After music industry groups pushed back against a proposal to repeal and replace the city’s sound ordinance, city staffers have decided not to bring the measure to the Austin City Council next week.
“It is our understanding that a group of stakeholders would like to work together to develop alternative recommendations,” Alex Lopez, deputy director of the city’s Economic Development Department, said Friday.
The repeal and replace ordinance was designed to incorporate an agent of change principle, the idea that an existing business should be protected from pressures against its operations from newer actors who move in nearby. In other words, the burden of soundproofing falls to the condo or hotel that builds next to a live music venue, if the live music venue was there first.
It also introduced a new entertainment license for outdoor music venues that would extend the renewal period for a sound permit from one year to two.
But music industry groups say they didn’t realize implementing the new policies would lead to a full rewrite of the city’s sound code, which advocacy group Austin Music People’s executive chairman, Bobby Garza, described as “the ordinance that underpins the absolute health of the entire music ecosystem.” They also worried that the measures didn’t go far enough to protect venues.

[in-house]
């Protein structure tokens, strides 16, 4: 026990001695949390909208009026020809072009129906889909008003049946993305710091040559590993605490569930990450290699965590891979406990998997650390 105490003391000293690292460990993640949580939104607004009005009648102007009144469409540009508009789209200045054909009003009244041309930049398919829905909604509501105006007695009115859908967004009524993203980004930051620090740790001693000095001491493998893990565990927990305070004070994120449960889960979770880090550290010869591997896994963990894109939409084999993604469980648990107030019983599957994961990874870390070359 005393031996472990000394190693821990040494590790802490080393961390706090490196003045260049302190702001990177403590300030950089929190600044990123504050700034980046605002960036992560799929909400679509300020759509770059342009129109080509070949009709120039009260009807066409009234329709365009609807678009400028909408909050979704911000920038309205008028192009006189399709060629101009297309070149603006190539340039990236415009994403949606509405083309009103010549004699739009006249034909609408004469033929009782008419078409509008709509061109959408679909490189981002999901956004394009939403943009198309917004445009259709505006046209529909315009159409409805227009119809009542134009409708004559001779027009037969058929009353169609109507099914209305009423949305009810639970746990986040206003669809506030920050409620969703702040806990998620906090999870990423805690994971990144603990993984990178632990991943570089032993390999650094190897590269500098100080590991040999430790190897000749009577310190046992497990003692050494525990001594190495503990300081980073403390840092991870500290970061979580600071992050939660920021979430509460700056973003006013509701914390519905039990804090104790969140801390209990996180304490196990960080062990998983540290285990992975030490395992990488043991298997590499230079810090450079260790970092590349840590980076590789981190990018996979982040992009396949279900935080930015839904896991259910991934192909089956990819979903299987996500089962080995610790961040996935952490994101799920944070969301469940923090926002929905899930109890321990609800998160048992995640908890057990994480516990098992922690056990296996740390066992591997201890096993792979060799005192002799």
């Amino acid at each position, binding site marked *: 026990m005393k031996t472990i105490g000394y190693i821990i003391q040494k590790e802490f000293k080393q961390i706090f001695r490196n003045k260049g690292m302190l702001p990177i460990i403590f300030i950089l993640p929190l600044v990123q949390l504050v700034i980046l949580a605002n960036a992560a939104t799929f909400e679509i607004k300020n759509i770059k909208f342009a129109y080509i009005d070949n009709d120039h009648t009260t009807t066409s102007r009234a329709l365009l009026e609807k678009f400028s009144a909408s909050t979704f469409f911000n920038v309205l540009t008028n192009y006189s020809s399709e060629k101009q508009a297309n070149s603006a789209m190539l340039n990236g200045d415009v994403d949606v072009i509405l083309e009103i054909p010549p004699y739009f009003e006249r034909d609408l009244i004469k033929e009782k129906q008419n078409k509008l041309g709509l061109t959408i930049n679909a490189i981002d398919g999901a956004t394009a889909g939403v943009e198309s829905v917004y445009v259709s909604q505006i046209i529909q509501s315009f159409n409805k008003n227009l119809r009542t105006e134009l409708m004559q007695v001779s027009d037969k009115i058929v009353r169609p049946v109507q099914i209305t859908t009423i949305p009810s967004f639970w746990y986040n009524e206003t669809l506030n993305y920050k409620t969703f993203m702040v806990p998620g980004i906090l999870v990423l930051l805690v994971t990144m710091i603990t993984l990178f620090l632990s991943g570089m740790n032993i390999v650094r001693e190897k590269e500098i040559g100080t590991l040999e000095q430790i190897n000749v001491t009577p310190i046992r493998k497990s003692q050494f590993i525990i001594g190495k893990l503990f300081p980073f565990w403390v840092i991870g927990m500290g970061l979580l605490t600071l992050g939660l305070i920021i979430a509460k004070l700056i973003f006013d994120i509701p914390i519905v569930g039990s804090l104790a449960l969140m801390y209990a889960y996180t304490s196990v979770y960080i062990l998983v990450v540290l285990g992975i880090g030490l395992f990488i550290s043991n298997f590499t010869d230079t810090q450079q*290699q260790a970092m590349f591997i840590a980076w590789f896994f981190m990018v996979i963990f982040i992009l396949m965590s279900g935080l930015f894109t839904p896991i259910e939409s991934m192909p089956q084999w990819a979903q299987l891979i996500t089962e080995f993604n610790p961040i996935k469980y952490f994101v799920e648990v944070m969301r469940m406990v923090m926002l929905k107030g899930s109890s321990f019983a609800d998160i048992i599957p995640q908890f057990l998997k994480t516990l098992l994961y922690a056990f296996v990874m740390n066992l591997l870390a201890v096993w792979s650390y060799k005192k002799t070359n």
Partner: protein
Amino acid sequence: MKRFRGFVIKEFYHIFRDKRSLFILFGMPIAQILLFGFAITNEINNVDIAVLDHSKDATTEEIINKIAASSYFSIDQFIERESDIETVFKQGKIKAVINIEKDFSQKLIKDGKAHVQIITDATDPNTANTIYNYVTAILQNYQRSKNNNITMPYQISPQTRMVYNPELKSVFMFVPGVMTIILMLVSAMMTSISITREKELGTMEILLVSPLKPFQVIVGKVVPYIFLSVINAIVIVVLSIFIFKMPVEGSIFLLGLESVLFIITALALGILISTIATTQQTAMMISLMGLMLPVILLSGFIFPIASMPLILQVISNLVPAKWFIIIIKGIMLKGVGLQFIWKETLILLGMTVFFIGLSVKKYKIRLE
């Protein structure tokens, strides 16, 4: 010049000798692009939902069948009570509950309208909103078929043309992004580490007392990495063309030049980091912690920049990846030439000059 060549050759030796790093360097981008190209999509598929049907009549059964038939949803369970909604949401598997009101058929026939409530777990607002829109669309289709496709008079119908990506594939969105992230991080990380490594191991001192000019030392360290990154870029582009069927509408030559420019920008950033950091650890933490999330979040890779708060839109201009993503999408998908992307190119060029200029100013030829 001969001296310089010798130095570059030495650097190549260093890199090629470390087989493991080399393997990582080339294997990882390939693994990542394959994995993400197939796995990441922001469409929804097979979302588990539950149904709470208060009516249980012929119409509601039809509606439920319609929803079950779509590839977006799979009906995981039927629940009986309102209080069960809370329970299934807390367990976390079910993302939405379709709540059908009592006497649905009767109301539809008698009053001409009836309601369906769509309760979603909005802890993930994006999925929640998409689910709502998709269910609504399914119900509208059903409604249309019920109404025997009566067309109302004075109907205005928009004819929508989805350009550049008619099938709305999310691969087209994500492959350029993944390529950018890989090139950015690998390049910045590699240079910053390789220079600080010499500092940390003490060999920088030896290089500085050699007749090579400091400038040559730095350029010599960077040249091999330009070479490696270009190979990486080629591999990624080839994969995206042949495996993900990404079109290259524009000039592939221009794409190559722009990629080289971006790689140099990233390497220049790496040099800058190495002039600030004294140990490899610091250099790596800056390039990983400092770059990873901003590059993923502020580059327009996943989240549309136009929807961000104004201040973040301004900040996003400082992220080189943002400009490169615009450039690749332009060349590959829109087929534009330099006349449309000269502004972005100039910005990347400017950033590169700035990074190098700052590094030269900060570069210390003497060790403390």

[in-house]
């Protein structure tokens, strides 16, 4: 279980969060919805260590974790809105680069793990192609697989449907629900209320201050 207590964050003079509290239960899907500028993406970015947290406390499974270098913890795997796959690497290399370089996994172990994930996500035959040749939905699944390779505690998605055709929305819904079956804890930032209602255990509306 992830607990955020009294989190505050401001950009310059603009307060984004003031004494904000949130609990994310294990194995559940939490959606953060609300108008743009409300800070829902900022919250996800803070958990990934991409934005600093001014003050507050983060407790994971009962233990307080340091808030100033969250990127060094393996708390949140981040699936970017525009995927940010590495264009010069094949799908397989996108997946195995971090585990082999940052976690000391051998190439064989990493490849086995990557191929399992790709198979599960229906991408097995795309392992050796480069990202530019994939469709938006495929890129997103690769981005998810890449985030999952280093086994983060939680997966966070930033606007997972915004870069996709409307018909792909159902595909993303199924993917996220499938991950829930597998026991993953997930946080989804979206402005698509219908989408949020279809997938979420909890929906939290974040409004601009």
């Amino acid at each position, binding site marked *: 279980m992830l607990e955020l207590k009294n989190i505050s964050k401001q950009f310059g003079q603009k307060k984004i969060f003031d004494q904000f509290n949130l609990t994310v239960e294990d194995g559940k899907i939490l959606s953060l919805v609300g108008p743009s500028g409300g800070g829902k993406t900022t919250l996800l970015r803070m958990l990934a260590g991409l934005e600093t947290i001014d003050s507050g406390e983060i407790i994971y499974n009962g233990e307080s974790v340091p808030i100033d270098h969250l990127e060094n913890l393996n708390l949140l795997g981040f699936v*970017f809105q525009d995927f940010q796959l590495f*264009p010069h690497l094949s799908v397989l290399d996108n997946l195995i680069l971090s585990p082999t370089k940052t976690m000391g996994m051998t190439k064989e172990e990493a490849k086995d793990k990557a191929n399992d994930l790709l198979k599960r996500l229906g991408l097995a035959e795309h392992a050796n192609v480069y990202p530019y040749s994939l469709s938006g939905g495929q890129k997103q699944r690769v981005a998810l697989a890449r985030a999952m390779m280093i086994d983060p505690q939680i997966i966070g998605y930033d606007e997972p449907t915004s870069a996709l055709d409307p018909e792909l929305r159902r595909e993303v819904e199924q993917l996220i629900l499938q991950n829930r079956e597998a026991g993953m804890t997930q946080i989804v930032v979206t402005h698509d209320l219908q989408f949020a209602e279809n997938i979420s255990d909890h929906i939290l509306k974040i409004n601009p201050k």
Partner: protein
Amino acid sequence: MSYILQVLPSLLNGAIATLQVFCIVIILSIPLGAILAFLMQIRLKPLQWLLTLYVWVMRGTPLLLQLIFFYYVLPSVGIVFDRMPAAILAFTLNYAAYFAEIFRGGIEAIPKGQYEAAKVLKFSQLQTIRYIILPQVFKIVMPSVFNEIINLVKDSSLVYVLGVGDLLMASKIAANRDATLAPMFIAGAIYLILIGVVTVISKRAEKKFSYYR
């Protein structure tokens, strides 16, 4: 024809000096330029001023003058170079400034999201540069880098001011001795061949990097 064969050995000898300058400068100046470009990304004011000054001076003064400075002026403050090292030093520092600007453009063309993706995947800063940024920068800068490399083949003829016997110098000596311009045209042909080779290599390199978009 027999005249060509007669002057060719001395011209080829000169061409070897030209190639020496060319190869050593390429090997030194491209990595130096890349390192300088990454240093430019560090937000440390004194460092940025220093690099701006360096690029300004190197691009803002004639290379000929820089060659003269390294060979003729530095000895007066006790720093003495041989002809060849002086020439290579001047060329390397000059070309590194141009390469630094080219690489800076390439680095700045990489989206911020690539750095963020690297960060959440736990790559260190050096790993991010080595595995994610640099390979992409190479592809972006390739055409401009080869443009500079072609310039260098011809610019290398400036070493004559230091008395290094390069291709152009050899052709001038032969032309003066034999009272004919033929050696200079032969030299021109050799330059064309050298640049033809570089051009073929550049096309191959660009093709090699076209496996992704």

Rebecca Reynolds, director of the Music Venue Alliance Austin, another industry advocacy group, plans to assemble an informal working group to examine the policy in more detail over the summer.
James Russell, the executive director of the Trail of Lights Foundation, said several stakeholders will be at the informal meetings, including representatives from neighborhood associations, the Red River Merchants Association, the Austin Hotel & Lodging Association and music advocates. Russell will also attend after heading up the unrelated Visitor Impact Task Force.
“It is not city staff led,” Russell said of the working group. “The goal is mutual success. Neighborhoods want to be able to enjoy their lifestyle, and music venues want to be able to put out music for everyone to enjoy.”
“The neighborhoods want the music people to be successful and the music venues want the residents to be able to live in peace.”